Open Access Research article

Heparin based prophylaxis to prevent venous thromboembolic events and death in patients with cancer - a subgroup analysis of CERTIFY

Sylvia Haas1, Sebastian M Schellong2, Ulrich Tebbe3, Horst-Eberhard Gerlach4, Rupert Bauersachs5, Nima Melzer6, Claudia Abletshauser6, Christian Sieder7, Peter Bramlage8 and Hanno Riess9*

Author Affiliations

1 Institut für Experimentelle Onkologie und Therapieforschung, Technische Universität München, Germany

2 Abteilung für Angiologie, Klinikum Friedrichstadt, Dresden, Germany

3 Abteilung für Kardiologie, Klinikum Lippe-Detmold, Detmold, Germany

4 Phlebology Unit, General Medical Centre, Mannheim, Germany

5 Max-Ratschow-Klinik für Angiologie, Klinikum Darmstadt GmbH, Darmstadt, Germany

6 Clinical Research, Novartis Pharma GmbH, Nürnberg, Germany

7 Biostatistics, Novartis Pharma GmbH, Nürnberg, Germany

8 Institute for Cardiovascular Pharmacology and Epidemiology, Mahlow, Germany

9 Medical Clinic Hematology/Oncology, Charité Campus Virchow Klinikum, Augustenburger Platz 1, Berlin, 13353, Germany

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BMC Cancer 2011, 11:316  doi:10.1186/1471-2407-11-316

The electronic version of this article is the complete one and can be found online at:

Received:22 March 2011
Accepted:26 July 2011
Published:26 July 2011

© 2011 Haas et al; licensee BioMed Central Ltd.

This is an Open Access article distributed under the terms of the Creative Commons Attribution License (, which permits unrestricted use, distribution, and reproduction in any medium, provided the original work is properly cited.



Patients with cancer have an increased risk of VTE. We compared VTE rates and bleeding complications in 1) cancer patients receiving LMWH or UFH and 2) patients with or without cancer.


Acutely-ill, non-surgical patients ≥70 years with (n = 274) or without cancer (n = 2,965) received certoparin 3,000 UaXa o.d. or UFH 5,000 IU t.i.d. for 8-20 days.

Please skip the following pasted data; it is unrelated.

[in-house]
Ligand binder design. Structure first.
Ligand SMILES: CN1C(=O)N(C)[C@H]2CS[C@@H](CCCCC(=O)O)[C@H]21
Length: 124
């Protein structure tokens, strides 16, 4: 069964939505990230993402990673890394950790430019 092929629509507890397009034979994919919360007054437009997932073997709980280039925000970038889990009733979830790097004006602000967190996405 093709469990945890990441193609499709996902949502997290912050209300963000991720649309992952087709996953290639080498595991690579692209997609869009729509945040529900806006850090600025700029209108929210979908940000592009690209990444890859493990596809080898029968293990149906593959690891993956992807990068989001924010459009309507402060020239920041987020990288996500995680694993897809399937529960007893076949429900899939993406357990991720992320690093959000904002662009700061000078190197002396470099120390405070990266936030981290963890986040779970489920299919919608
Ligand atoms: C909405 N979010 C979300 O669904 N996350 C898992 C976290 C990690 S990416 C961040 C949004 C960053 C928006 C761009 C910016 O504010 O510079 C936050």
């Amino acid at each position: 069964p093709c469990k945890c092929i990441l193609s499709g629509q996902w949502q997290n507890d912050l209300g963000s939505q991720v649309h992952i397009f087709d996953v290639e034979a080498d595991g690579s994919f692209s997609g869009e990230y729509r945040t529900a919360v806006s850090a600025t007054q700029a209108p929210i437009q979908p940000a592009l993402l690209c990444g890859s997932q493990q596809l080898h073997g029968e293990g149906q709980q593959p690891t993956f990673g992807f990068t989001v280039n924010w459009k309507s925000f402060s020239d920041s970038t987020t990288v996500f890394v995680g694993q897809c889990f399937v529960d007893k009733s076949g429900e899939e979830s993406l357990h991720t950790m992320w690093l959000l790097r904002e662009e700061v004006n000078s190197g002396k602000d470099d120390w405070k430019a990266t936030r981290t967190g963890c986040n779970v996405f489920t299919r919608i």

1) Thromboembolic events in cancer patients (proximal DVT, symptomatic non-fatal PE and VTE-related death) occurred at 4.50% with certoparin and 6.03% with UFH (OR 0.73; 95% CI 0.23-2.39). Major bleeding was comparable and minor bleedings (0.75 vs. 5.67%) were nominally less frequent. 7.5% of certoparin and 12.8% of UFH treated patients experienced serious adverse events. 2) Thromboembolic event rates were comparable in patients with or without cancer (5.29 vs. 4.13%) as were bleeding complications. All cause death was increased in cancer (OR 2.68; 95%CI 1.22-5.86). 10.2% of patients with and 5.81% of those without cancer experienced serious adverse events (OR 1.85; 95% CI 1.21-2.81).


Certoparin 3,000 UaXa o.d. and 5,000 IU UFH t.i.d. were equally effective and safe with respect to bleeding complications in patients with cancer. There were no statistically significant differences in the risk of thromboembolic events in patients with or without cancer receiving adequate anticoagulation.

Trial Registration, NCT00451412


Patients with cancer have a sixfold increased risk of venous thromboembolism (VTE) compared to those without [1,2], and active cancer accounts for about 20% of all new VTE events occurring in the community [3]. The prevention of VTE in patients with cancer is important, not only because cancer patients have a particularly high risk for VTE, but also because treatment of VTE may be less effective, associated with more bleeding complications and associated with a significant reduction in survival [4-9].

Given the known increased risk of VTE in hospitalized patients with cancer, current guidelines [10-13] recommend risk-stratified thromboprophylaxis for cancer patients at hospital admission with either unfractionated heparins (UFH), low molecular weight heparins (LMWH) or Fondaparinux. Both the European Society for Medical Oncology (ESMO) [14] and the Association of the Scientific Medical Societies (AWMF) in Germany [11] recommend prophylaxis for hospitalized patients with cancer. While ESMO equally recommends LMWH, UFH and Fondaparinux, the German guideline prefers LMWH over the other options based on extrapolations from three placebo controlled randomized trials with LMWH, in which between 5 and 15% of patients had cancer at baseline [11,15-18]. Beyond these data there are randomized controlled trials in cancer patients [19-22] which have demonstrated a prolongation of overall survival with the addition of LMWH, even in patients with advanced disease, but neither rates of VTE nor bleeding complications differed between groups [23]. The German guidelines state that additional studies are needed to resolve this controversy and to clarify which anticoagulant regimes are most likely to be beneficial [10].